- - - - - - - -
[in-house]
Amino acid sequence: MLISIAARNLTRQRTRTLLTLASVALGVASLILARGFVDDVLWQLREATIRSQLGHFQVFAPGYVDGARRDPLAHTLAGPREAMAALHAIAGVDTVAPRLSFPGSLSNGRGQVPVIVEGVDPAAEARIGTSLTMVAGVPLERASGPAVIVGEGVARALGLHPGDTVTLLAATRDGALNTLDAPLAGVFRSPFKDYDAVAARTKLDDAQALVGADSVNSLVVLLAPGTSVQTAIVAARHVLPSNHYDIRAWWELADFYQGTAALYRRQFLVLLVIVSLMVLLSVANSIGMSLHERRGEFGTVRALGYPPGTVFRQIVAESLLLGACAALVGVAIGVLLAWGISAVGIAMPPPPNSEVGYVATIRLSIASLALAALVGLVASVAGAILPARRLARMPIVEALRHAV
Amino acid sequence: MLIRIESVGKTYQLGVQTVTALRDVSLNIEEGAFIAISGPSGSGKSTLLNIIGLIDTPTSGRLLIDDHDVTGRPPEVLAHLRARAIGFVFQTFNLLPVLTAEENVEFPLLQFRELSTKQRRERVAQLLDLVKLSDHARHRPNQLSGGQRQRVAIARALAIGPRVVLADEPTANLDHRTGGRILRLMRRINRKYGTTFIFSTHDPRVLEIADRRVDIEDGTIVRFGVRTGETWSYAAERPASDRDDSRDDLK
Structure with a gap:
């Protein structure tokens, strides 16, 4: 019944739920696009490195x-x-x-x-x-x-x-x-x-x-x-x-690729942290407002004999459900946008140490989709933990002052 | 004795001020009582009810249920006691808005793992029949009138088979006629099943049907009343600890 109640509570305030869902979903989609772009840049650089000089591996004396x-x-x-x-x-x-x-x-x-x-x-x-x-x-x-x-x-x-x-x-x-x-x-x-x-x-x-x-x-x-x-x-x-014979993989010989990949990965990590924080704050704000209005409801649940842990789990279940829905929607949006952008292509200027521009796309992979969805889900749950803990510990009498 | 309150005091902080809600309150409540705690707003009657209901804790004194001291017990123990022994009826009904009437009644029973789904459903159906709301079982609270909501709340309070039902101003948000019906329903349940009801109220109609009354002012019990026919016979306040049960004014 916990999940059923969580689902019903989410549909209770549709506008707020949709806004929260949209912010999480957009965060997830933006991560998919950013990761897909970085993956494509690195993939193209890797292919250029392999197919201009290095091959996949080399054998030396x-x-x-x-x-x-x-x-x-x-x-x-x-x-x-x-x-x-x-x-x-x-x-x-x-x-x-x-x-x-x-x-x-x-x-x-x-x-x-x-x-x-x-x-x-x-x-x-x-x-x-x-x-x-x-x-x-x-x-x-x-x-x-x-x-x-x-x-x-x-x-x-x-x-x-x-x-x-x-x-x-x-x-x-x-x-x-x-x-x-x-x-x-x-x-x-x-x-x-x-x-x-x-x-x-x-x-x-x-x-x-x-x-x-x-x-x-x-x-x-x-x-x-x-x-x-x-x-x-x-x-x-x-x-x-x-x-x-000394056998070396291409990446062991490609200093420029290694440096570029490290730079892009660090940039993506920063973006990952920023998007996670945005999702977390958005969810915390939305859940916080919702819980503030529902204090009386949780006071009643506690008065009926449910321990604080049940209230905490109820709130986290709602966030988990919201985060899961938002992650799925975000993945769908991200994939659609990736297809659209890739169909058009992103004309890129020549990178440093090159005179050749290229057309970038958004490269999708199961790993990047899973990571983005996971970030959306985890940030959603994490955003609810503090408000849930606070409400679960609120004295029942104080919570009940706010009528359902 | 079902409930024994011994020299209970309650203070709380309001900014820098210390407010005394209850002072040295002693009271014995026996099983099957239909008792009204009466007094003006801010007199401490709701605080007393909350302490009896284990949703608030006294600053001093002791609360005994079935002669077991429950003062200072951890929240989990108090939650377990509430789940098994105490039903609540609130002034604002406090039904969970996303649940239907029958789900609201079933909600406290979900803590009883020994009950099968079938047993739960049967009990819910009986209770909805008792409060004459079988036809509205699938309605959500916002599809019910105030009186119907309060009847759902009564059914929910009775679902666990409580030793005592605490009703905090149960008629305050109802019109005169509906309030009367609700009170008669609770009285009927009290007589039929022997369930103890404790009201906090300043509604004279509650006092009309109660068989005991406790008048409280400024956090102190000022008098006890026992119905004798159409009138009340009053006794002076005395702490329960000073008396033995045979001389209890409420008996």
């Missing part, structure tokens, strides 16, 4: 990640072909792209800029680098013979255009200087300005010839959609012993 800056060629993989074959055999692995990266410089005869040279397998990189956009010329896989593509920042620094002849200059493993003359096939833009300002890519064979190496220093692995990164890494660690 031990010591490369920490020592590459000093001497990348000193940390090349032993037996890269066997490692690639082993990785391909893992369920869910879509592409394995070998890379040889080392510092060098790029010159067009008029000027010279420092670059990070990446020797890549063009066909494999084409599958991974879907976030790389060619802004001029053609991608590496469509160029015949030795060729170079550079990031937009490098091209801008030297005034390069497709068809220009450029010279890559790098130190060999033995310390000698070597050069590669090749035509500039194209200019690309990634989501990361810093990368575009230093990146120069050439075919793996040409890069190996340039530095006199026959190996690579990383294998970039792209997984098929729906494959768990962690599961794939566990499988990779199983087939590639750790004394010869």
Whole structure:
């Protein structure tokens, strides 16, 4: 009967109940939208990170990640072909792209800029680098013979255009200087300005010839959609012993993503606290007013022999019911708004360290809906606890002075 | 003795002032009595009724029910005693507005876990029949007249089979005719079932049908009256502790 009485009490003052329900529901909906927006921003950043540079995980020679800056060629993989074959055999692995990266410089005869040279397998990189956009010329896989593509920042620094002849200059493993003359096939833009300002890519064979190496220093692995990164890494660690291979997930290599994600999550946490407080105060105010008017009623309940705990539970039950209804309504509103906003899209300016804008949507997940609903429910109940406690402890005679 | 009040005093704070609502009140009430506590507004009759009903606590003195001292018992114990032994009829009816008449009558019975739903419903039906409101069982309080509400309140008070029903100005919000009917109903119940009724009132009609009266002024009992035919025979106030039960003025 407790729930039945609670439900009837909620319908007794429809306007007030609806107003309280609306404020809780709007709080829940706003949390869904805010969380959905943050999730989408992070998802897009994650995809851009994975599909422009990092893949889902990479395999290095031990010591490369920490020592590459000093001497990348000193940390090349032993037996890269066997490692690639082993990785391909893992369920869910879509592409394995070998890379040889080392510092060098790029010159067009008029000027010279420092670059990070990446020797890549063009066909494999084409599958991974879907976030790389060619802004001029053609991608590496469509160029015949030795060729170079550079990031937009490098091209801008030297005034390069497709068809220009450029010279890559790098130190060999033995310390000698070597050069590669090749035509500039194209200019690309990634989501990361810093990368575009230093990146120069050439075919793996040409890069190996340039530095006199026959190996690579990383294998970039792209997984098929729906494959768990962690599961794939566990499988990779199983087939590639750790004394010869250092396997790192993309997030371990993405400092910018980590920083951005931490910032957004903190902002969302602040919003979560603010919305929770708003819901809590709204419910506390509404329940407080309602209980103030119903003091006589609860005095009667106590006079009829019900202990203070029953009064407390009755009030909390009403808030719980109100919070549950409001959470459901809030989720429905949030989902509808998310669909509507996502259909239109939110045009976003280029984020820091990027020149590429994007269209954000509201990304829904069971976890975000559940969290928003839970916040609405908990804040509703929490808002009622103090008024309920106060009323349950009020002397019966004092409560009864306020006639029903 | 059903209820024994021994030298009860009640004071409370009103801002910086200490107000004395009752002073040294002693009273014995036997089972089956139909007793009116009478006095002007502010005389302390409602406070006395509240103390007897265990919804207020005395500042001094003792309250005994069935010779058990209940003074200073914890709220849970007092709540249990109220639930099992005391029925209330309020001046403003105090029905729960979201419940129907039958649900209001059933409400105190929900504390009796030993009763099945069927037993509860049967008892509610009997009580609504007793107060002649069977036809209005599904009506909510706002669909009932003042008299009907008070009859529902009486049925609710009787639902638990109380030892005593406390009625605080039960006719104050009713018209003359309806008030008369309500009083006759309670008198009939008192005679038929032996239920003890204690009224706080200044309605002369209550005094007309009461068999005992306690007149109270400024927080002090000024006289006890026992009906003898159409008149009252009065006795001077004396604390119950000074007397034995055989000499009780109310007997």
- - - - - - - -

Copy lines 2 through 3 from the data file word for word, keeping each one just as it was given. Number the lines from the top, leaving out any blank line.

Amino acid sequence: MLISIAARNLTRQRTRTLLTLASVALGVASLILARGFVDDVLWQLREATIRSQLGHFQVFAPGYVDGARRDPLAHTLAGPREAMAALHAIAGVDTVAPRLSFPGSLSNGRGQVPVIVEGVDPAAEARIGTSLTMVAGVPLERASGPAVIVGEGVARALGLHPGDTVTLLAATRDGALNTLDAPLAGVFRSPFKDYDAVAARTKLDDAQALVGADSVNSLVVLLAPGTSVQTAIVAARHVLPSNHYDIRAWWELADFYQGTAALYRRQFLVLLVIVSLMVLLSVANSIGMSLHERRGEFGTVRALGYPPGTVFRQIVAESLLLGACAALVGVAIGVLLAWGISAVGIAMPPPPNSEVGYVATIRLSIASLALAALVGLVASVAGAILPARRLARMPIVEALRHAV
Amino acid sequence: MLIRIESVGKTYQLGVQTVTALRDVSLNIEEGAFIAISGPSGSGKSTLLNIIGLIDTPTSGRLLIDDHDVTGRPPEVLAHLRARAIGFVFQTFNLLPVLTAEENVEFPLLQFRELSTKQRRERVAQLLDLVKLSDHARHRPNQLSGGQRQRVAIARALAIGPRVVLADEPTANLDHRTGGRILRLMRRINRKYGTTFIFSTHDPRVLEIADRRVDIEDGTIVRFGVRTGETWSYAAERPASDRDDSRDDLK